This article is part of a series on barleywine, the second in a section on fermentation.
Yesterday, I discussed getting a barleywine fermentation started — aerating the wort and pitching the yeast. Today, after explaining one additional step you can take, I’ll discuss guiding the fermentation to it’s conclusion and conditioning the beer.
Forced Fermentation Test
A forced fermentation test is a way to predict the final gravity of your beer. To perform this test, take a small sample of wort, pitch an excess of yeast and ferment it warm. For a 5-gallon (19-L) batch of barleywine, take a sample just large enough to float your hydrometer (about 8.5 fl. oz./250 mL). Place the wort in a sanitized jar with a lid and aerate it thoroughly. Pitch about 2 tsp. of thick yeast slurry and hold the jar (with the lid loosened) at around 80 °F (27 °C), or as warm as you can manage. The sample should ferment quickly due to the high pitching rate and warm temperature. The final gravity (FG) it reaches will tell you what to expect your main batch to ferment down to. This can help you distinguish between a stuck fermentation, and one that is simply complete.
Control Fermentation Temperature
Fermentations generate their own heat. And higher gravity fermentations generate more heat than those of lower gravity beers. So, keep an eye on your fermentation temperature around high kräusen, when it is most likely to spike, and do what you can to keep the fermentation temperature steady.
It best to prepare for the possibility of kräusen overflowing the fermenter from the start. If you pitch an adequate amount of yeast and keep your fermentation temperatures in check, excessive blowoff should not be a problem if you have adequate headspace in your primary fermenter. For a 5-gallon (19-L) batch, about 2 gallons (~4 L) of headspace should be sufficient, although some yeast strains produce more kräusen than others.
In my experience, the worst “geysers” resulted from underpitched beers that suddenly started fermenting and spiked in temperature. As a precaution, install a blowoff tube and use it until high kräusen is finished; then switch to an ordinary airlock.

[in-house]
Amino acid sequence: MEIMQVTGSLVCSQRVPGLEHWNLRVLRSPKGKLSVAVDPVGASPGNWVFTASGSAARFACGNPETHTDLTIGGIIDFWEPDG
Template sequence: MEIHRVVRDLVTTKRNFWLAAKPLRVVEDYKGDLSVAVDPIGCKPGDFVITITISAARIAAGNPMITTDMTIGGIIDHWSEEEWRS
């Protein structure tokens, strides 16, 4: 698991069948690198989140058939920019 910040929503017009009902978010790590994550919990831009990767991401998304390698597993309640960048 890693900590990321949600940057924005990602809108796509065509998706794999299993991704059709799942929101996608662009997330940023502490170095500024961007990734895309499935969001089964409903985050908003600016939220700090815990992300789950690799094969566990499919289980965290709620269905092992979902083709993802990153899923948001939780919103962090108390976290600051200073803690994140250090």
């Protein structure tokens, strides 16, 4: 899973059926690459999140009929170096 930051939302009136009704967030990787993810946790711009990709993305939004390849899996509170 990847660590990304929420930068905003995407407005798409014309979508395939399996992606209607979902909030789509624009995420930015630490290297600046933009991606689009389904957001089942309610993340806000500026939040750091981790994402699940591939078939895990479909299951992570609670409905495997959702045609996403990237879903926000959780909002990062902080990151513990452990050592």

Finishing The Biggest Barleywines
For barleywines on the lower half of the OG range, simply holding the fermentation temperature constant should let the fermentation proceed until it reaches your target FG. It will likely slow a bit at the very end, but this is not a problem. For the biggest barleywines, you may need to help the yeast finish the fermentation. If your fermentation suddenly slows greatly, but you are short of your target FG by several points, there are two things you can do. First, let the temperature rise — at a minimum, to the highest point in there yeast’s recommended temperature range, or even a few degrees above that. Secondly, swirl the fermenter or stir the wort to get the yeast back into suspension. If you do this, but your specific gravity doesn’t budge, then you’re finished. (If you pitched an adequate amount of yeast to begin with, pitching more at this time is not likely to have an effect.)
Cold Condition in Bulk
Once fermentation has completed, let the beer sit on yeast for a few days (for the smallest barley wines) to a week or so (for the biggest). Then, rack the beer quietly to a secondary fermenter with little or (preferably) no headspace. Let the beer condition in bulk, preferably at temperatures cooler than ale fermentation temperatures. Let the beer condition for approximately 3 weeks, plus an added week for every 10 gravity points above OG 1.080. If you pitched an adequate amount of yeast, and your fermentation was orderly, this should be adequate conditioning time. Either keg your beer or bottle it at this time. If the beer still tastes green, give it additional conditioning time in the keg or bottles.
If bottling, add 1 tsp. of fresh yeast when you bottle. Use either the same yeast strain or one that does not attenuate more than your primary yeast. Keep your bottles warm — at least room temperature and preferably closer to 80 °F (27 °C) — for two weeks. Take one bottle and cool it overnight in your fridge. The next day, open the bottle to test for carbonation. If it is OK, move the remaining bottles to cold storage.
Conducting a good fermentation is key to making a great barleywine — and it all starts with pitching an adequate amount of yeast. Although some brewers view making a starter as an “extra” step, you will be glad you did when your barleywine fermentation starts promptly and proceeds without any hitches to your estimated final gravity (FG).